Between 1984 and 1999 continuous low-intensity conflict between Turkish security forces and Kurdish insurgents in south-east Turkey led to the evacuation of around 3,500 Kurdish villages and produced one of the world’s largest IDP populations – estimated by NGOs at around three million.

Rannveig Bremer Fjær

Displaced people are vulnerable because their resources have been depleted by war, conflict or natural disasters.

Ashraf Kagee and Arancha Garcia Del Soto

Do psychiatrists understand the consequences of the violence and human rights abuses suffered by IDPs? What happens when the hegemonic Western psychiatric model of traumatisation is applied to IDPs?

Rajesh S Kharat

The Chittagong Hill Tracts (CHT), located in south-eastern Bangladesh between India and Burma, are comprised of jungles inhabited by non-Bengali ethnic minorities known collectively as Jummas. Formerly a part of East Pakistan, it become a part of Bangladesh in 1971.

Renu Modi

While we are becoming aware of the impact of large dams on the lives of marginal peoples, do we know enough about the different effects on men and women?

Tamirat Mulu

The border conflict that erupted in May 1998 along the thousand-kilometre border between Ethiopia and Eritrea left behind a legacy of displacement, insecurity, damaged public infrastructure and the loss of household assets and livelihoods of more than 300,000 IDPs and a further 95,000 Ethiopians forced to leave Eritrea.

Maano Ramutsindela

Under apartheid, South Africa witnessed massive politically-motivated displacements, condemned by the UN as crimes against humanity.

Aleksandar Shumkovski

Recently Macedonia has hosted large numbers of refugees fleeing conflict in former Yugoslavia while also dealing with major internal displacement generated by ethnic conflict.

Desire Timngum

IDP debates have focused more on the nature of protection rather than on imbalance between levels of assistance and protection provided to different groups.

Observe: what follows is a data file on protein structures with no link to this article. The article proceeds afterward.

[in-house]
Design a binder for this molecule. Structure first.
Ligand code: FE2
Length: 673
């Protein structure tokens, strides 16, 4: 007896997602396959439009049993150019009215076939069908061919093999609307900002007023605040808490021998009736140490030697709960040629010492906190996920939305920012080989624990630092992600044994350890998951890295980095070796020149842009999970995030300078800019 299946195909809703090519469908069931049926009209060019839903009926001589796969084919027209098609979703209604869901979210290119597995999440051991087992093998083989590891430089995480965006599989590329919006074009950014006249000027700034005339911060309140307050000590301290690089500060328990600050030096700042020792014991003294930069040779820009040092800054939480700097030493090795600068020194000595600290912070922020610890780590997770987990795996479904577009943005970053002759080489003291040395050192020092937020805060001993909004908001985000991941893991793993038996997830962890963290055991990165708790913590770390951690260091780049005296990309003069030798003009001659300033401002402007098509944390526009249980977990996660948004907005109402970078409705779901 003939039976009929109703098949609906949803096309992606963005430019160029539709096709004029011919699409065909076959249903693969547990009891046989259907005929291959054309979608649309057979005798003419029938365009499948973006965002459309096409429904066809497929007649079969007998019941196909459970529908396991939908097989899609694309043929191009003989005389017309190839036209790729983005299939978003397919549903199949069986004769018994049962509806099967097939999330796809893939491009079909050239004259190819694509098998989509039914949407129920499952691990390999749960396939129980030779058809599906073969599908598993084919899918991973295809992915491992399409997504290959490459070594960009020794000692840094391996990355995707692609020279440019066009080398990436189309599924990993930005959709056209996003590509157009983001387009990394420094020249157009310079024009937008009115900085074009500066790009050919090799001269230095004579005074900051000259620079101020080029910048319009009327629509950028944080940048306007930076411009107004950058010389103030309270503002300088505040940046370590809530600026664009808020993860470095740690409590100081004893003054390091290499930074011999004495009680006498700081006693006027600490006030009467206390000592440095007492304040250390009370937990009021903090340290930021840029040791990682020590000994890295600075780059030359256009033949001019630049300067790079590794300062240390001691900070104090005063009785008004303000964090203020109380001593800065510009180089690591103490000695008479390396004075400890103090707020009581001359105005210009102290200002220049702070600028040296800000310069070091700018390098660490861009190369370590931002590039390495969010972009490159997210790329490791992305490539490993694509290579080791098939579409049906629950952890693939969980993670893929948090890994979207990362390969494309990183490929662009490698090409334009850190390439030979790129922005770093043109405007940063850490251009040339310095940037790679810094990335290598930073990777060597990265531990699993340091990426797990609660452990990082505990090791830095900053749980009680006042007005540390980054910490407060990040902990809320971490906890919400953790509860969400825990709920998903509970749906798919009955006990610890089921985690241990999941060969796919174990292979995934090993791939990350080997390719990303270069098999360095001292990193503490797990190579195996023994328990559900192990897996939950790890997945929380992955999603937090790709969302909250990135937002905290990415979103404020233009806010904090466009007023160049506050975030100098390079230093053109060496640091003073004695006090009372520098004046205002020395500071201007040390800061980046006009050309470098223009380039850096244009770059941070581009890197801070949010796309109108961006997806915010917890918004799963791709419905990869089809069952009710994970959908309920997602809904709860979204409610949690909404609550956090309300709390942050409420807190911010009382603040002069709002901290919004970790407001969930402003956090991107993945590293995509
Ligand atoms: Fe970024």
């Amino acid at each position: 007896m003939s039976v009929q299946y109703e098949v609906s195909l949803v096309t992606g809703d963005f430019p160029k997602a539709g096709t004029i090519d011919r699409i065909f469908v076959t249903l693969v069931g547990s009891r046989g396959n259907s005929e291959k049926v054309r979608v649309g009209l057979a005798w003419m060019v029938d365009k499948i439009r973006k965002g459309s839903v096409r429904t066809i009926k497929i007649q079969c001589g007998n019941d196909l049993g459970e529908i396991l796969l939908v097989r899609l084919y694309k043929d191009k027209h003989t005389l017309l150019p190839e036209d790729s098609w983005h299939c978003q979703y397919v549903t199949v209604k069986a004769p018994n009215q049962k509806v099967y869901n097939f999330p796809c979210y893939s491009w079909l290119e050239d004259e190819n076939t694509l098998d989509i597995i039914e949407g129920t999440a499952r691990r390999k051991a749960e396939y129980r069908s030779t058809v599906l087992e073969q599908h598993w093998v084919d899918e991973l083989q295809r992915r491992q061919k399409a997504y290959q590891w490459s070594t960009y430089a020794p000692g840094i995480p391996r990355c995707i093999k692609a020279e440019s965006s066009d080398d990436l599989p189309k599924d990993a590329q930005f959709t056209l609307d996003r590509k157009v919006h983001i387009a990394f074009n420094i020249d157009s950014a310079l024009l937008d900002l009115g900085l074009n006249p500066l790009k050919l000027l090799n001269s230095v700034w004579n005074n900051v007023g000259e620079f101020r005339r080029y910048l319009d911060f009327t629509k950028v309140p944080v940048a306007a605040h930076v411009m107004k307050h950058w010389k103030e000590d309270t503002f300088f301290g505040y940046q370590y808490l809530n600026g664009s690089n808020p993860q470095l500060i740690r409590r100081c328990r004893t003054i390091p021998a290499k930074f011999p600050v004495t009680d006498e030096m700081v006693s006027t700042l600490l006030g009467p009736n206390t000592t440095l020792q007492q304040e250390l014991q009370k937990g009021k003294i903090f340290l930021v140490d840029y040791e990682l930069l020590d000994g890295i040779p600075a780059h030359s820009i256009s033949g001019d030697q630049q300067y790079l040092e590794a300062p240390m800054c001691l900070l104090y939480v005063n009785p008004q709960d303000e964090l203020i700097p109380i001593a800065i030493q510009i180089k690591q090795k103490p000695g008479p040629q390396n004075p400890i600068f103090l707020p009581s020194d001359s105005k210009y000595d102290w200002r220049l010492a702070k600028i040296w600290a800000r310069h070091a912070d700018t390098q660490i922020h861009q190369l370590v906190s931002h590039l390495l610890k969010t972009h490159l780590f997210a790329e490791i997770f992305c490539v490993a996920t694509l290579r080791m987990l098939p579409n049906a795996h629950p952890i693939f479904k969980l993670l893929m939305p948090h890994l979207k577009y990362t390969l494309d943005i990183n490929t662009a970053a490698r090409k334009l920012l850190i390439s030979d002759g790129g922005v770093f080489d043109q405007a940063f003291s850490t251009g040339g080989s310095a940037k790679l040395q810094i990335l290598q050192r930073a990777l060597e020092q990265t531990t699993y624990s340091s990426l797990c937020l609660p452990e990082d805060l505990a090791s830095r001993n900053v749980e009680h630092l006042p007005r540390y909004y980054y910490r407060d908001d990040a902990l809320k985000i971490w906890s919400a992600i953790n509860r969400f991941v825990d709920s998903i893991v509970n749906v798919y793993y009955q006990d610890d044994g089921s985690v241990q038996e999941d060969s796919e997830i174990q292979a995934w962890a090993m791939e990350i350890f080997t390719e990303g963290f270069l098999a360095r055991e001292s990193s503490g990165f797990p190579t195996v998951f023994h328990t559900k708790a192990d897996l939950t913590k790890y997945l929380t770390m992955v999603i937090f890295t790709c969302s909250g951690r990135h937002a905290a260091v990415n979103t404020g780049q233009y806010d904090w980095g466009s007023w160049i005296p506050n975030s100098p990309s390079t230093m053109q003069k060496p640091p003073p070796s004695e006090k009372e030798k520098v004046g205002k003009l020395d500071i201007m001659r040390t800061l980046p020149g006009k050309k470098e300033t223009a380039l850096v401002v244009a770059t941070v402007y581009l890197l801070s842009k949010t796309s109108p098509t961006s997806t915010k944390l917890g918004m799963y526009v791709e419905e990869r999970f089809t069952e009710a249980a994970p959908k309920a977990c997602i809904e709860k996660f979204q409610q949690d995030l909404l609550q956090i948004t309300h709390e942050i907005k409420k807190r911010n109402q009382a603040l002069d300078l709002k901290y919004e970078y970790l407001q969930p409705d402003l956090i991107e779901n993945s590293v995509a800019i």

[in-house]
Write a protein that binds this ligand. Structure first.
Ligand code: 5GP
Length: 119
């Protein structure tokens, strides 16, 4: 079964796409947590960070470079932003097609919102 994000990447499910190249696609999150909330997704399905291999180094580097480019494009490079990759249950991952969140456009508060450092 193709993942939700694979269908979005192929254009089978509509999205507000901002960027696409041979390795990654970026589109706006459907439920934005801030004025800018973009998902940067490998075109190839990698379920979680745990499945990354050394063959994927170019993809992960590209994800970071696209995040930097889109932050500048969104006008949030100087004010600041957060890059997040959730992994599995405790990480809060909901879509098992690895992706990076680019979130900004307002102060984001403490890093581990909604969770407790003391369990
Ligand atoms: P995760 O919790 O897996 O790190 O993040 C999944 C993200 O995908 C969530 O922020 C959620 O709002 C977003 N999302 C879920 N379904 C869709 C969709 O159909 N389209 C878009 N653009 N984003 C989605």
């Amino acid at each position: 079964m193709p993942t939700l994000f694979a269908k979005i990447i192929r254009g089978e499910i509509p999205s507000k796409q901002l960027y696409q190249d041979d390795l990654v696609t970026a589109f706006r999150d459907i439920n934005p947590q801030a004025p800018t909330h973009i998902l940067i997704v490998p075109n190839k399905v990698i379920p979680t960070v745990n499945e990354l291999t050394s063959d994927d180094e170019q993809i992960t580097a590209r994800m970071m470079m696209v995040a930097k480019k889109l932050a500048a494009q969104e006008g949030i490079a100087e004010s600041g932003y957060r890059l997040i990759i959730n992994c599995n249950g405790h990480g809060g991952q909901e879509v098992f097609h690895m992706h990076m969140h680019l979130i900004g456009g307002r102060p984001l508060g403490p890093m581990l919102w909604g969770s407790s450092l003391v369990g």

Riwanto Tirtosudarmo

What are the ongoing consequences of the demographic engineering carried out in Indonesia to implement ex-President Suharto’s New Order?

Sherly Saragih Turnip

Conflicts in several areas in Indonesia have displaced large numbers of people.

Bediz Yilmaz

In Tarlabasi, an inner-city slum neighbourhood of Istanbul, the majority of the population are Kurds who, in the last 10-15 years, have migrated from their villages in eastern and southeastern Anatolia.

Priyanca Mathur Velath

Are we at risk of making artificial distinctions between different groups of displaced people? Has the category of people who may be described as Development-Induced Displacees (DIDs) been overlooked by the IDP community?

Erin Mooney

Is it too early even to be asking this question? Do we need to decide when the entitlements and benefits of IDP status should end?

Disclaimer
Opinions in FMR do not necessarily reflect the views of the Editors, the Refugee Studies Centre or the University of Oxford.
Copyright
FMR is an Open Access publication. Users are free to read, download, copy, distribute, print or link to the full texts of articles published in FMR and on the FMR website, as long as the use is for non-commercial purposes and the author and FMR are attributed. Unless otherwise indicated, all articles published in FMR in print and online, and FMR itself, are licensed under a Creative Commons Attribution-NonCommercial-NoDerivs (CC BY-NC-ND) licence. Details at www.fmreview.org/copyright.

 

 

facebook logo Twitter logo RSS logo email.png

Forced Migration Review
Refugee Studies Centre
Oxford Department of International Development
University of Oxford
3 Mansfield Road, Oxford OX1 3TB, UK
fmr@qeh.ox.ac.uk  +44 (0)1865 281700
skype: fmreview